Sunny Malik Discusses His Time On Snowflake Mountain - Exclusive Interview

10 Gen-Z strangers, one vast mountainous wilderness region across the pond, and two military survival educators as reality show TV hosts — what could possibly go wrong? "Snowflake Mountain" on Netflix centers around both American and U.K. 20-somethings who, by their parents' testament, are spoiled, entitled, and lazy. In an attempt to teach them responsibility, teamwork, and other life values that older generations seem to think the current generation lacks, "Snowflake Mountain" dupes its contestants into thinking they're embarking on a luxurious "Love Island" villa-staying type of adventure. 

When they end up in a chilly climate surrounded by the lush greenery of the Lake District of England, the group finds themselves in an unexpected situation, not yet ready for the experience of a lifetime — one that requires forfeiting their material items, sourcing their own food, and conquering their biggest fears.

One of those contestants is Sunny Malik, the down-to-earth presence who balances the chaotic energy of the other cast members. In an exclusive interview with The List, Malik divulges what it was really like while filming, his reflection of the transformational experience, and what he thinks about a certain problematic cast member.

Why Sunny second-guessed being a finalist

Congratulations, first of all, on the premiere! Can you tell us how it feels to receive all the buzz this week from the airing, but the fact that you made it to the final two?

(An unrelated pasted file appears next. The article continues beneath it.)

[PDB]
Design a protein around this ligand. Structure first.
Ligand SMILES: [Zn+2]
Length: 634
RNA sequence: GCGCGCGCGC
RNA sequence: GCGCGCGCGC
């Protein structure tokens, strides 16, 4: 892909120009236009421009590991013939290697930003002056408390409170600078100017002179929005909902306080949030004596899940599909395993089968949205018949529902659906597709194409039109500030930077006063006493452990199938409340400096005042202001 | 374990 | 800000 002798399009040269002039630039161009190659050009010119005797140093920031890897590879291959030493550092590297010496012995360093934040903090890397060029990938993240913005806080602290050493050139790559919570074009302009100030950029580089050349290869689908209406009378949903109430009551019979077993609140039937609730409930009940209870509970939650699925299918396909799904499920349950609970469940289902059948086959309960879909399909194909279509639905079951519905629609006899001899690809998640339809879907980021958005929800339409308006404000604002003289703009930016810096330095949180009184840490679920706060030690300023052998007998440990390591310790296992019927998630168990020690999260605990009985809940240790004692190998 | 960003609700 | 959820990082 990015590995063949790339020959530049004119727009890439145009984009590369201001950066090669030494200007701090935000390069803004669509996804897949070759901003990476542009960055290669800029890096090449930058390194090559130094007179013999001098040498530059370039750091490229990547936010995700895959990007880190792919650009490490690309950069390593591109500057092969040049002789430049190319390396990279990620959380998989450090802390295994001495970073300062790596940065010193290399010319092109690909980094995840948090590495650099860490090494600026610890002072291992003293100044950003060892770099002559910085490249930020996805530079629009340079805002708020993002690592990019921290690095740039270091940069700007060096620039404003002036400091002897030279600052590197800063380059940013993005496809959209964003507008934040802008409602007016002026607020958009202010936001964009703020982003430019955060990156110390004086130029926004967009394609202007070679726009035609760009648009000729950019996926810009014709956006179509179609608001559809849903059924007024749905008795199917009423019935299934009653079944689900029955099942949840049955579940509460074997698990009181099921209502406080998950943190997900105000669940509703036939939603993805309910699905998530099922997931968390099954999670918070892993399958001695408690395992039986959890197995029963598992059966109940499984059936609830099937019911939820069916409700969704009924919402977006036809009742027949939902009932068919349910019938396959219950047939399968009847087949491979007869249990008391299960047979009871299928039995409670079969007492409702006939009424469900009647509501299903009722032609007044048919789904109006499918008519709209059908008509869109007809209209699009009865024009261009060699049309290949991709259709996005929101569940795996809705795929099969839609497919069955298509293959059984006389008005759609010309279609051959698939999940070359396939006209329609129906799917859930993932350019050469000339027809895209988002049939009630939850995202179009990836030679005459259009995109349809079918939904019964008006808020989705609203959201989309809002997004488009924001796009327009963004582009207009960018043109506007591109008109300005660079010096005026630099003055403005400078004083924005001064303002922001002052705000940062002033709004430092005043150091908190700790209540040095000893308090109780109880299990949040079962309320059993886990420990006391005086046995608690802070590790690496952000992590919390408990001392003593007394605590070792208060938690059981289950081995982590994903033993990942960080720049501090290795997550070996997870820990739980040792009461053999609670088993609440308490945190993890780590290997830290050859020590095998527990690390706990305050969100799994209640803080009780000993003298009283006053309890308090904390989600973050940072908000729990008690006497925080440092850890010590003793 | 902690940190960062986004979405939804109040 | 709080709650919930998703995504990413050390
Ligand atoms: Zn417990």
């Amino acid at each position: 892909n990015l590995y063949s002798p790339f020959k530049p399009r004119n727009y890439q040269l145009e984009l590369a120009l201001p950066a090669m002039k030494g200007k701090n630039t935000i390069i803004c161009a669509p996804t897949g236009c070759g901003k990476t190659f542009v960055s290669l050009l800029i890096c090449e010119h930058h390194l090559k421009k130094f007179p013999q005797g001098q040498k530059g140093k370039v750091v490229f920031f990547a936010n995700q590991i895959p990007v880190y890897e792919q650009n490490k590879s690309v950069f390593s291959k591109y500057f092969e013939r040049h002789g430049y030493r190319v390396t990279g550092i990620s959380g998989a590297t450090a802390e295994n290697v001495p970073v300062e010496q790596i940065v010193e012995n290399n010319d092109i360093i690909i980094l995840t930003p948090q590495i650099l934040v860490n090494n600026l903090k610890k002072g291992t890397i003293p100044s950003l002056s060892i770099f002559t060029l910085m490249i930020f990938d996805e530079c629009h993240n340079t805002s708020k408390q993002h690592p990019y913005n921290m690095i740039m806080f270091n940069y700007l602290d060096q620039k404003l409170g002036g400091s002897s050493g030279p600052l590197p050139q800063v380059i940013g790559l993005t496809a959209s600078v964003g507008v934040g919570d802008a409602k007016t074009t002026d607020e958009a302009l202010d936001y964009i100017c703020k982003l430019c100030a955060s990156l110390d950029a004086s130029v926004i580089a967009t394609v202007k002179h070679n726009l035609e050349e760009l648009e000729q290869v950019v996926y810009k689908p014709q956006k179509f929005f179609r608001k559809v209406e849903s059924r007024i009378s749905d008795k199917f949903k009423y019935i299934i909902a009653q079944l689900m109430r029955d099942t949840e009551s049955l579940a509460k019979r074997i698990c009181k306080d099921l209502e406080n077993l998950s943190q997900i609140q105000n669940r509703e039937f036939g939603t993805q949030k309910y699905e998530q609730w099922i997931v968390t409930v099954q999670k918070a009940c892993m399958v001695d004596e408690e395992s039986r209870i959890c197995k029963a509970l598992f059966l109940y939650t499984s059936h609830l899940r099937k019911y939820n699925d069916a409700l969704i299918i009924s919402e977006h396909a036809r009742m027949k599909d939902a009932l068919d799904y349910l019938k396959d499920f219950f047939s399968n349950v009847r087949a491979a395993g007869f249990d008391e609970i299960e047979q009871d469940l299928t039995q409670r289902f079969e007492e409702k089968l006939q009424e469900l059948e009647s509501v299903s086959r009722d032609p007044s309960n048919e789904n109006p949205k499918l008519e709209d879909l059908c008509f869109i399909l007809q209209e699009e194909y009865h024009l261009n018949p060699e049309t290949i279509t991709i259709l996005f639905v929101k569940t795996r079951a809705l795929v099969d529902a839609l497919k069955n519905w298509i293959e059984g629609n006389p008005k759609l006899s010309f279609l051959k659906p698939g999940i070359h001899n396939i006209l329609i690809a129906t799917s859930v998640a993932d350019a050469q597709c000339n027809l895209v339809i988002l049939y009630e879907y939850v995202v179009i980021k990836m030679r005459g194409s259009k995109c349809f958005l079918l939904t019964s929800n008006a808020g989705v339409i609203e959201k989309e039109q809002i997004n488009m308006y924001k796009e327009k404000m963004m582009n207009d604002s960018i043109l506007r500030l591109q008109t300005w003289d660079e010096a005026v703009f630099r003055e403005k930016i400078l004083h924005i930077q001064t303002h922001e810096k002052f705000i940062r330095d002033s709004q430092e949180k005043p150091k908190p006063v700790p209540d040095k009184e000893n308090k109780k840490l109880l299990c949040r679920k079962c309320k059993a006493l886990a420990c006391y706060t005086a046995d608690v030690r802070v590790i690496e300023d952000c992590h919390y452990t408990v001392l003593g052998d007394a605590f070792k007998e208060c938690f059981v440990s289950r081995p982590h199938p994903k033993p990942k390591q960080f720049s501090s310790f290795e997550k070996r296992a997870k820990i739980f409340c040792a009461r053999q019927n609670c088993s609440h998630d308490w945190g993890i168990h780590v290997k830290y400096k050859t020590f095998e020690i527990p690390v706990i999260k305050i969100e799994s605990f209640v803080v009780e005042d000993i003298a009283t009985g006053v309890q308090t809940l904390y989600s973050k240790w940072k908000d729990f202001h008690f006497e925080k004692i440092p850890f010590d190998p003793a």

Overall, it feels super surreal, because we were so isolated that we were so immersed in our little secluded experience. Even the day we left, it felt separate from reality. It's a trip now, having people close to me watching it and commenting on things that felt so private while they were happening. It's definitely a trip, but it's very cool.

When they announced you [as one of the finalists], you had said something like, "You sure?" Right?

Yeah. I was not expecting that.

Why was that your initial reaction?

I know a lot of people felt like they should've been in the final three, but personally, I thought it was going to be Rae, Deandra, and Carl. I was genuinely shocked because I knew I didn't do horribly. I feel like I did change, for sure ... I was associated with Solomon, and I got into all that sneaky stuff, and I wasn't as big of a personality. They said something like, "Just because you're not a big personality, doesn't mean..." Joel said something, I forget exactly [what it was], but yeah, I was genuinely shocked. I did not expect that at all.

How his chill personality was to his advantage

In the show, I feel like you're pretty humble. Do you feel, looking back on this experience now, that you stood out amongst the cast members? Is that why you feel you got so far?

Yeah, definitely. When I got there, I [spoke] in the first episode about how everyone was loud and a little bit obnoxious. I remember the first day, I was like, "Oh, my personality is a lot more mellow. I'm definitely going to fall [by] the wayside, whatever." That's what helped me, because I was one of the more level headed people there — probably me and Randy and that might be it. 

Typically, [there are many different]  regular personalities, and some people who are very big personalities, like Liam [and] Deandra. There were so many big personalities that I stood out from just being a normal guy, just being a dude on the show. It definitely helped because I didn't get involved in any drama. I was friends with Solomon at the beginning while he was there, and that was the closest I got to really being engaged in like the hardcore camp drama.

Sunny explains his soft spot for Solomon

Speaking of Solomon, who left halfway through the show, you had said at some point on the show you had a "soft spot" for him. What made you empathetic toward him?